Emerging Anti-Racist Leadership

MacArthur’s emerging professionals reflect on philanthropy and racial justice.

A June 6, 2020 protest on Chicago’s North Side against the killing of George Floyd and Breonna Taylor.

As the United States began a moment of racial reckoning, I joined several MacArthur staff in sharing perspectives on anti-Black racism and challenging systems of oppression. We have reflected on individual and collective experiences related to Philanthropy, Privilege, and Racial Justice and the role of Allyship and Accountability. We also want to elevate the voices of emerging professionals at MacArthur. These new leaders challenge us to meet the future they are shaping. Their generation is sparking a global spread of civic engagement in the form of protests, advocacy, and investment in communities. They remind us that it is crucial to listen to colleagues with a full range of experience as we reimagine a more just and equitable world.

For decades, emerging professionals have played a pivotal role in spurring social change in America. The late John Lewis was 23-years-old when he spoke at the March on Washington. Angela Davis’ career as an activist took off after she became a UCLA professor at the age of 25. And Dr. Martin Luther King, Jr. was elected President of the Southern Christian Leadership Conference at the age of 28.

After a series of killings of Black people in the spring and summer of 2020, large numbers of young people filled America’s streets calling for change. I put on a mask and ran to photograph what was going on in downtown Chicago. I had no choice but to be out there. Years ago, one of my African elders told me to quiet down because I had it better because my parents chose to move to the United States in the early 1980s. And recently, another relative asked why Black Americans have the spotlight now when everyone has issues. Racism affects me and others regardless of my parents’ country of origin, and I will not tolerate distractions or deflections when we seem to be finally confronting racism on a major scale. One day I look forward to showing my grandchildren how young leaders of every race took to the streets and helped improve their lives, just as young leaders of the past helped improve mine.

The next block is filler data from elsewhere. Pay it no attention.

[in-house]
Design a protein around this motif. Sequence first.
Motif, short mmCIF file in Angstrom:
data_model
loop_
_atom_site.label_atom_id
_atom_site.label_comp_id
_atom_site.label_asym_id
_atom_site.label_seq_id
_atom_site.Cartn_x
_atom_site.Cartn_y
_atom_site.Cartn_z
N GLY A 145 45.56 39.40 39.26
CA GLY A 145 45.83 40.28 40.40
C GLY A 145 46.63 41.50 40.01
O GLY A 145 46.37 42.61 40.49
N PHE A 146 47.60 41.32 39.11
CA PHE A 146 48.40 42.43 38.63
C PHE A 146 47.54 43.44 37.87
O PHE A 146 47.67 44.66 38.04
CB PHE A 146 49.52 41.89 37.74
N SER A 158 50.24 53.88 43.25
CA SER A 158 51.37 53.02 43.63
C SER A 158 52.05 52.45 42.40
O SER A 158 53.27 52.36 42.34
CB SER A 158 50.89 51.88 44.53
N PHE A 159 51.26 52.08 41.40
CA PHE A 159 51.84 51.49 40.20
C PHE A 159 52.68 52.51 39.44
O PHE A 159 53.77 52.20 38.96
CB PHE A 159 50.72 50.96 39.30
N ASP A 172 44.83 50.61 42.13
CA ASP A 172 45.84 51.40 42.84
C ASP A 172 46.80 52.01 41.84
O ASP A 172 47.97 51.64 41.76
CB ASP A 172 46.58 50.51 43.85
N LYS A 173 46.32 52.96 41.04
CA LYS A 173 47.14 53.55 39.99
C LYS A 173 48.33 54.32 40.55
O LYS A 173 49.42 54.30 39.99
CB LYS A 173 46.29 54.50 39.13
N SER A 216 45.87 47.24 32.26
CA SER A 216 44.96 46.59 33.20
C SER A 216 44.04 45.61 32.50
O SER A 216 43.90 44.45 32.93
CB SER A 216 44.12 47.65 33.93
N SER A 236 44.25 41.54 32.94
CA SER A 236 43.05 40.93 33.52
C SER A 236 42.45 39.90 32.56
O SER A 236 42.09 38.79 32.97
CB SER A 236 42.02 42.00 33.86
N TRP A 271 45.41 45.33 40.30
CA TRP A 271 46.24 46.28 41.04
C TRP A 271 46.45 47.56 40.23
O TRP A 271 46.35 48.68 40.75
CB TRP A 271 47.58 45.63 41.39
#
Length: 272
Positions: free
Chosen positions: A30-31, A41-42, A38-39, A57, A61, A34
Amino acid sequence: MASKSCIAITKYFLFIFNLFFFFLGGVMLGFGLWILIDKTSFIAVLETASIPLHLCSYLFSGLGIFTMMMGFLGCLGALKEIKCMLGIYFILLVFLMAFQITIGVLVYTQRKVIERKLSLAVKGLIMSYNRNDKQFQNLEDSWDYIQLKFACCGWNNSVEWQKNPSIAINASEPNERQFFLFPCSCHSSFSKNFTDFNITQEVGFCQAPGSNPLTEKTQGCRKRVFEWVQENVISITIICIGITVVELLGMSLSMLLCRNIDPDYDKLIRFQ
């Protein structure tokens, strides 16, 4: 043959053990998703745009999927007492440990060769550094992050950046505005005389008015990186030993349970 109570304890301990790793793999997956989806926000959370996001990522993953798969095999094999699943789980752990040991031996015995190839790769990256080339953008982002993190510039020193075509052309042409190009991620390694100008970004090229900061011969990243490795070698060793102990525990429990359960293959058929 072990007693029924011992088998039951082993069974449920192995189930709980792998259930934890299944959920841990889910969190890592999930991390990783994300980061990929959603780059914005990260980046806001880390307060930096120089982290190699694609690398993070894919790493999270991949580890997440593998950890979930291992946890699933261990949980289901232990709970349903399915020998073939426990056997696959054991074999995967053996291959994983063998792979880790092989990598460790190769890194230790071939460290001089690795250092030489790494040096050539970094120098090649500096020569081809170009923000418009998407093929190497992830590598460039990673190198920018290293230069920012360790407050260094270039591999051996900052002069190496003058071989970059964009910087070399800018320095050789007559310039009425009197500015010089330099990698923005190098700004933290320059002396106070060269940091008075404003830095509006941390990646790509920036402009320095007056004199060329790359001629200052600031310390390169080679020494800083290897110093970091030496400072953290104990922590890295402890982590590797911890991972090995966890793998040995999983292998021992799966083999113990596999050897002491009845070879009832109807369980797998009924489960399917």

Over the course of the summer, young people have poured into the streets to protest rampant police brutality and anti-Blackness, and I am proud to be a part of this generation of outraged youth. According to a Kaiser Family Foundation survey, 52 percent of all adult protesters this summer have been between the ages of 18 and 29. Other young people inspire me to continue being engaged and holding institutions accountable for dismantling white supremacy.